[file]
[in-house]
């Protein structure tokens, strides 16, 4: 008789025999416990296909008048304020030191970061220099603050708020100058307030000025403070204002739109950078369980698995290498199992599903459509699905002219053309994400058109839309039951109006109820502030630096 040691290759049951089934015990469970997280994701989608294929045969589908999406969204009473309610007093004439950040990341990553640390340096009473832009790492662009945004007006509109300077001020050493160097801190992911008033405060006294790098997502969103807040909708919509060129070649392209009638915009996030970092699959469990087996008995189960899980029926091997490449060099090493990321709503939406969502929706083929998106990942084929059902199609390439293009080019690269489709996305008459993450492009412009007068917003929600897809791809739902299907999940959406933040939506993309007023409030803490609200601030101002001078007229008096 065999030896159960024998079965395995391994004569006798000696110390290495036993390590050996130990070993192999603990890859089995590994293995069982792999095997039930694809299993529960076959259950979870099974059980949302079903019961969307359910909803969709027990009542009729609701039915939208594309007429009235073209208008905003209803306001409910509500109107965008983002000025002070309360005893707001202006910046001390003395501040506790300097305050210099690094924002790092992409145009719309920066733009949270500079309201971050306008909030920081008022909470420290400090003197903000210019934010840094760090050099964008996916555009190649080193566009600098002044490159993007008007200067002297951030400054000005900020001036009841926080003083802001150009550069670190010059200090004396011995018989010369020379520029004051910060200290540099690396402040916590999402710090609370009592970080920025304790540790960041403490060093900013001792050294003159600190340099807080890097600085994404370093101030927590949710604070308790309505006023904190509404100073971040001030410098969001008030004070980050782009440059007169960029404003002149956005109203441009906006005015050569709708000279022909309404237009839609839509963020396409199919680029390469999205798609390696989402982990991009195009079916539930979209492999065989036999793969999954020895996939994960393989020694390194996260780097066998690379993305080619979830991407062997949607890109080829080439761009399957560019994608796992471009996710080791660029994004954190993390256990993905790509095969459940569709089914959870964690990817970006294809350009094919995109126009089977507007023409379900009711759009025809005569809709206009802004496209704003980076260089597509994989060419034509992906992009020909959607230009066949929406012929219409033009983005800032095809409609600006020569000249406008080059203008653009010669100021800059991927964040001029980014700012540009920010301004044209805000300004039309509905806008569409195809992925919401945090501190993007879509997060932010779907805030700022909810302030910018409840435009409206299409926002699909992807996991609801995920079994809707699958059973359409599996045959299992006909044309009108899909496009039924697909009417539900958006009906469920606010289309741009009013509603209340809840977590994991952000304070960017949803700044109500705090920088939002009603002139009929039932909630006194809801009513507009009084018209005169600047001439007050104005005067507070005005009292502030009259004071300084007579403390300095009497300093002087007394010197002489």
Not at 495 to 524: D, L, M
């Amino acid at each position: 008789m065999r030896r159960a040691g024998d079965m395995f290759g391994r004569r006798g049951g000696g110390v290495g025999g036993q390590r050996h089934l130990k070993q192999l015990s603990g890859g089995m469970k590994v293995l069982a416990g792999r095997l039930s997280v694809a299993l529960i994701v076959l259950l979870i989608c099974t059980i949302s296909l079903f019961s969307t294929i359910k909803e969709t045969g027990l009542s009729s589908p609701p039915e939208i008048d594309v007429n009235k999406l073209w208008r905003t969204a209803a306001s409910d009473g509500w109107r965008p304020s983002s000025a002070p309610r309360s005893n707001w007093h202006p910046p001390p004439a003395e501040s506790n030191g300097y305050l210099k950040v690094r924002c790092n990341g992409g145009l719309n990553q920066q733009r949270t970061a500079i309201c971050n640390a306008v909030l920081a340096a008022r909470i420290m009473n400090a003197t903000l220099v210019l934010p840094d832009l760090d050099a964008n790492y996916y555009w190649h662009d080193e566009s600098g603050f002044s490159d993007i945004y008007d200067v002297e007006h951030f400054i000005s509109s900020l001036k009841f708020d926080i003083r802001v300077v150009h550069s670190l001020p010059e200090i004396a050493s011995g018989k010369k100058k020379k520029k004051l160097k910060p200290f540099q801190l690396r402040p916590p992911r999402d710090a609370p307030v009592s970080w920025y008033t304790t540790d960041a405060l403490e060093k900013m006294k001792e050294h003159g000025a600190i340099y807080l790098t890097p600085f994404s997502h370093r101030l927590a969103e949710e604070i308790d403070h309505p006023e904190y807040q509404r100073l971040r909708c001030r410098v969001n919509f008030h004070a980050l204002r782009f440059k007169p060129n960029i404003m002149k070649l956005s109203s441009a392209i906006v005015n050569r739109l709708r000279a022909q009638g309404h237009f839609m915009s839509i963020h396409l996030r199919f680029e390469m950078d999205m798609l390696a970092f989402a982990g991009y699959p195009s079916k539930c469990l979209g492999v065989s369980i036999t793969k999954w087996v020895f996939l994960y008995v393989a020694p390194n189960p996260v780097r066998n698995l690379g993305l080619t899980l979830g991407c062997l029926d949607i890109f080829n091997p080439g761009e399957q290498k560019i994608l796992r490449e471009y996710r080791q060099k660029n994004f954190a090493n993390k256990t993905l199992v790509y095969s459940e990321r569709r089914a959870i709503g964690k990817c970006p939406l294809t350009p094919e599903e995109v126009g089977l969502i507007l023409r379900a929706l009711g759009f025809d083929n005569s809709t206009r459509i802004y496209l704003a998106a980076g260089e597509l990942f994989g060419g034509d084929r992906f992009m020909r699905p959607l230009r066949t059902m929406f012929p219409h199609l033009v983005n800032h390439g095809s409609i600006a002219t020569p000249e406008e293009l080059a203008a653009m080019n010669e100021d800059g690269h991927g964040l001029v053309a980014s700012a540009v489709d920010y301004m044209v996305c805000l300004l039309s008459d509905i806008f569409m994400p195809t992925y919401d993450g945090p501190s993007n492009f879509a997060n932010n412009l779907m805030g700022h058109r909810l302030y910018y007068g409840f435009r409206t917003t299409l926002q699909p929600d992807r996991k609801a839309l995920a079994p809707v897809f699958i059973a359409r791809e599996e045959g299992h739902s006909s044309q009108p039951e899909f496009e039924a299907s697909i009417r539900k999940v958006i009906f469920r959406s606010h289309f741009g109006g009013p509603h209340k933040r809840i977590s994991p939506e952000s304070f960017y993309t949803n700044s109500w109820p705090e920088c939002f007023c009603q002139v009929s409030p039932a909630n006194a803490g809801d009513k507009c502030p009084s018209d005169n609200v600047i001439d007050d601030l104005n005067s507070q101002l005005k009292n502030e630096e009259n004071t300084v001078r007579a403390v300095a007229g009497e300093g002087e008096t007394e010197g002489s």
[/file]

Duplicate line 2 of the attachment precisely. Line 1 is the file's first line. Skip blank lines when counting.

């Protein structure tokens, strides 16, 4: 008789025999416990296909008048304020030191970061220099603050708020100058307030000025403070204002739109950078369980698995290498199992599903459509699905002219053309994400058109839309039951109006109820502030630096 040691290759049951089934015990469970997280994701989608294929045969589908999406969204009473309610007093004439950040990341990553640390340096009473832009790492662009945004007006509109300077001020050493160097801190992911008033405060006294790098997502969103807040909708919509060129070649392209009638915009996030970092699959469990087996008995189960899980029926091997490449060099090493990321709503939406969502929706083929998106990942084929059902199609390439293009080019690269489709996305008459993450492009412009007068917003929600897809791809739902299907999940959406933040939506993309007023409030803490609200601030101002001078007229008096 065999030896159960024998079965395995391994004569006798000696110390290495036993390590050996130990070993192999603990890859089995590994293995069982792999095997039930694809299993529960076959259950979870099974059980949302079903019961969307359910909803969709027990009542009729609701039915939208594309007429009235073209208008905003209803306001409910509500109107965008983002000025002070309360005893707001202006910046001390003395501040506790300097305050210099690094924002790092992409145009719309920066733009949270500079309201971050306008909030920081008022909470420290400090003197903000210019934010840094760090050099964008996916555009190649080193566009600098002044490159993007008007200067002297951030400054000005900020001036009841926080003083802001150009550069670190010059200090004396011995018989010369020379520029004051910060200290540099690396402040916590999402710090609370009592970080920025304790540790960041403490060093900013001792050294003159600190340099807080890097600085994404370093101030927590949710604070308790309505006023904190509404100073971040001030410098969001008030004070980050782009440059007169960029404003002149956005109203441009906006005015050569709708000279022909309404237009839609839509963020396409199919680029390469999205798609390696989402982990991009195009079916539930979209492999065989036999793969999954020895996939994960393989020694390194996260780097066998690379993305080619979830991407062997949607890109080829080439761009399957560019994608796992471009996710080791660029994004954190993390256990993905790509095969459940569709089914959870964690990817970006294809350009094919995109126009089977507007023409379900009711759009025809005569809709206009802004496209704003980076260089597509994989060419034509992906992009020909959607230009066949929406012929219409033009983005800032095809409609600006020569000249406008080059203008653009010669100021800059991927964040001029980014700012540009920010301004044209805000300004039309509905806008569409195809992925919401945090501190993007879509997060932010779907805030700022909810302030910018409840435009409206299409926002699909992807996991609801995920079994809707699958059973359409599996045959299992006909044309009108899909496009039924697909009417539900958006009906469920606010289309741009009013509603209340809840977590994991952000304070960017949803700044109500705090920088939002009603002139009929039932909630006194809801009513507009009084018209005169600047001439007050104005005067507070005005009292502030009259004071300084007579403390300095009497300093002087007394010197002489």